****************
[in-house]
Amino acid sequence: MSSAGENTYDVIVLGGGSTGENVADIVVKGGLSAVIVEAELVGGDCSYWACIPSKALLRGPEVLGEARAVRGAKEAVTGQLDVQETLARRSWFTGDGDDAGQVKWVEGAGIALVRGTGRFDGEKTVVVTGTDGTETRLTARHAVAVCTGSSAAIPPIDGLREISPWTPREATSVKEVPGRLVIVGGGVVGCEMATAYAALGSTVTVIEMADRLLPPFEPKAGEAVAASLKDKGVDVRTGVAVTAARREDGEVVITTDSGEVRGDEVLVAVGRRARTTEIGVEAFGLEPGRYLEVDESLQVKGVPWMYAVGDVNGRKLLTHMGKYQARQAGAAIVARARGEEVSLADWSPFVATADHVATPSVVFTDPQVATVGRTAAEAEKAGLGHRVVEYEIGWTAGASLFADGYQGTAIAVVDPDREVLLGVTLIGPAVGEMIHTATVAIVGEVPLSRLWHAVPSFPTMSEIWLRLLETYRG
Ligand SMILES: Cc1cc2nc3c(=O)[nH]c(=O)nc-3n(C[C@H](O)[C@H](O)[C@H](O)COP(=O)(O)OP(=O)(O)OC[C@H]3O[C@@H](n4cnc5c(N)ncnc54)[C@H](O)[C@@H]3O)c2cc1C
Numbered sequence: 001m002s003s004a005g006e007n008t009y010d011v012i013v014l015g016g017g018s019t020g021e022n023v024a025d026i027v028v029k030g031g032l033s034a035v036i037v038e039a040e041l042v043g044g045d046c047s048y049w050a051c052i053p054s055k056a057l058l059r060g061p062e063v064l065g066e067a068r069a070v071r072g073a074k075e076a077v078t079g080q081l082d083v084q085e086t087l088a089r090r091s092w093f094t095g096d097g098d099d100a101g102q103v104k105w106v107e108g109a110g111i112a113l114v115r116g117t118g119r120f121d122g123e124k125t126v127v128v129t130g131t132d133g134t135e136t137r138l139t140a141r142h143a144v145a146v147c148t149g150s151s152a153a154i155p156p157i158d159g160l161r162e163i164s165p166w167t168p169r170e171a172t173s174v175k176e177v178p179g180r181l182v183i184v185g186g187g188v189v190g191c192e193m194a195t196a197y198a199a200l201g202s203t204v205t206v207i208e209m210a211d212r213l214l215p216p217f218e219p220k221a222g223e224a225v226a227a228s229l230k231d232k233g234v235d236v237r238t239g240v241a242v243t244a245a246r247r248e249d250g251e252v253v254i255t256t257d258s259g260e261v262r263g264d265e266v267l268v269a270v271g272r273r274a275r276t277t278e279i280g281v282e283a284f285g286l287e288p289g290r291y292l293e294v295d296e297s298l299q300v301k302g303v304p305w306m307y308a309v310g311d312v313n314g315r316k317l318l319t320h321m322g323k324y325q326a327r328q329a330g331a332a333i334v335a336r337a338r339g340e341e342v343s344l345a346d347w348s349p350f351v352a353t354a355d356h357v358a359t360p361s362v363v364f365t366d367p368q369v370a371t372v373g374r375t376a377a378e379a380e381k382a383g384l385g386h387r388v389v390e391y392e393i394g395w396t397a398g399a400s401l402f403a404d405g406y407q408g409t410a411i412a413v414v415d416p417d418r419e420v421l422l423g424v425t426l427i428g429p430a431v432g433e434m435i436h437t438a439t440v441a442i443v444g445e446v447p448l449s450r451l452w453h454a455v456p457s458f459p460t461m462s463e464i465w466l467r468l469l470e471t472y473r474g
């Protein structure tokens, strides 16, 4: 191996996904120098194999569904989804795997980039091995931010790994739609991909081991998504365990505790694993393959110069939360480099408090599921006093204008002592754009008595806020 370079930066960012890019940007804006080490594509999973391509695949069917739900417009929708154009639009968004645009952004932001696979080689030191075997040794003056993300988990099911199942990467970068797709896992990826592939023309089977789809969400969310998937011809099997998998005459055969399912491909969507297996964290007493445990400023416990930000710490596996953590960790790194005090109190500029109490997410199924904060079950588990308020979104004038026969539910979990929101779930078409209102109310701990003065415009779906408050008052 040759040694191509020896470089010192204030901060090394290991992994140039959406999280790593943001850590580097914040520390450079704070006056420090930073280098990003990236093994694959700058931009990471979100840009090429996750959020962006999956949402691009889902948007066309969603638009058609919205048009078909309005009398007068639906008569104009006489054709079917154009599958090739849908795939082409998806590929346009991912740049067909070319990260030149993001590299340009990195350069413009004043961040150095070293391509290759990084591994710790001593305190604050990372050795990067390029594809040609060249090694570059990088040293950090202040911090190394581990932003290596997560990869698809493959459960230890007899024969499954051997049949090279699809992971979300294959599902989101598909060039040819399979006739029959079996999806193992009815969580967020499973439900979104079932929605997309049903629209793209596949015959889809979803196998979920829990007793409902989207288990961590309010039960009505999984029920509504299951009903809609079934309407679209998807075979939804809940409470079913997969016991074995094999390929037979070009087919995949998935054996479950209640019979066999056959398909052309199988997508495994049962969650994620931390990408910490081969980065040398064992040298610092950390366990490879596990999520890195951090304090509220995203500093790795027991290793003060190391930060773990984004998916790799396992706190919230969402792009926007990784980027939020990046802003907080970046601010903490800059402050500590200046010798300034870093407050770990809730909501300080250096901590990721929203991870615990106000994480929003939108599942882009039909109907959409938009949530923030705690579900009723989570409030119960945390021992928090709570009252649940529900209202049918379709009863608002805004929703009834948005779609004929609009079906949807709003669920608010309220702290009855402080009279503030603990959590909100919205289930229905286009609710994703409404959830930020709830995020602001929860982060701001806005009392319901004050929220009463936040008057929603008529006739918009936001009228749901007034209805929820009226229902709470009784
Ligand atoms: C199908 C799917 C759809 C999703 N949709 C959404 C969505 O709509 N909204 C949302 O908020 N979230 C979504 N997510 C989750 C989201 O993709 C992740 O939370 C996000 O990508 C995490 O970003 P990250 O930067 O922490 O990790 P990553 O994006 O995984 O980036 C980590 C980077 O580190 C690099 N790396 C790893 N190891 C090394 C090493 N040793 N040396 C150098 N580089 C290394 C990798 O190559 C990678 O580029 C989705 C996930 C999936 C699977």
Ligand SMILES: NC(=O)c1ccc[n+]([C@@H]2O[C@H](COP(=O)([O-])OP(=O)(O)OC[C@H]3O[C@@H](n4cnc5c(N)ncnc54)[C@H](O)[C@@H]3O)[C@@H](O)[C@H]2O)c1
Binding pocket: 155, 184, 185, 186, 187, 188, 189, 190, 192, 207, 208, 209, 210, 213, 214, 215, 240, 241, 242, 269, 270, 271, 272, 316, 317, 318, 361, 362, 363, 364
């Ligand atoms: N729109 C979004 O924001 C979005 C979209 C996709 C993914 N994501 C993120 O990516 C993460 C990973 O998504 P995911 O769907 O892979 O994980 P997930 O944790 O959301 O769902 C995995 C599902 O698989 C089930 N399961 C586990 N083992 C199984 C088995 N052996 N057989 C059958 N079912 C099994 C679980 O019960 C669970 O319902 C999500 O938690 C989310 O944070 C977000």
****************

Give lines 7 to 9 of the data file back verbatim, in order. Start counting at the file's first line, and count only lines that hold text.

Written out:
Ligand SMILES: NC(=O)c1ccc[n+]([C@@H]2O[C@H](COP(=O)([O-])OP(=O)(O)OC[C@H]3O[C@@H](n4cnc5c(N)ncnc54)[C@H](O)[C@@H]3O)[C@@H](O)[C@H]2O)c1
Binding pocket: 155, 184, 185, 186, 187, 188, 189, 190, 192, 207, 208, 209, 210, 213, 214, 215, 240, 241, 242, 269, 270, 271, 272, 316, 317, 318, 361, 362, 363, 364
């Ligand atoms: N729109 C979004 O924001 C979005 C979209 C996709 C993914 N994501 C993120 O990516 C993460 C990973 O998504 P995911 O769907 O892979 O994980 P997930 O944790 O959301 O769902 C995995 C599902 O698989 C089930 N399961 C586990 N083992 C199984 C088995 N052996 N057989 C059958 N079912 C099994 C679980 O019960 C669970 O319902 C999500 O938690 C989310 O944070 C977000």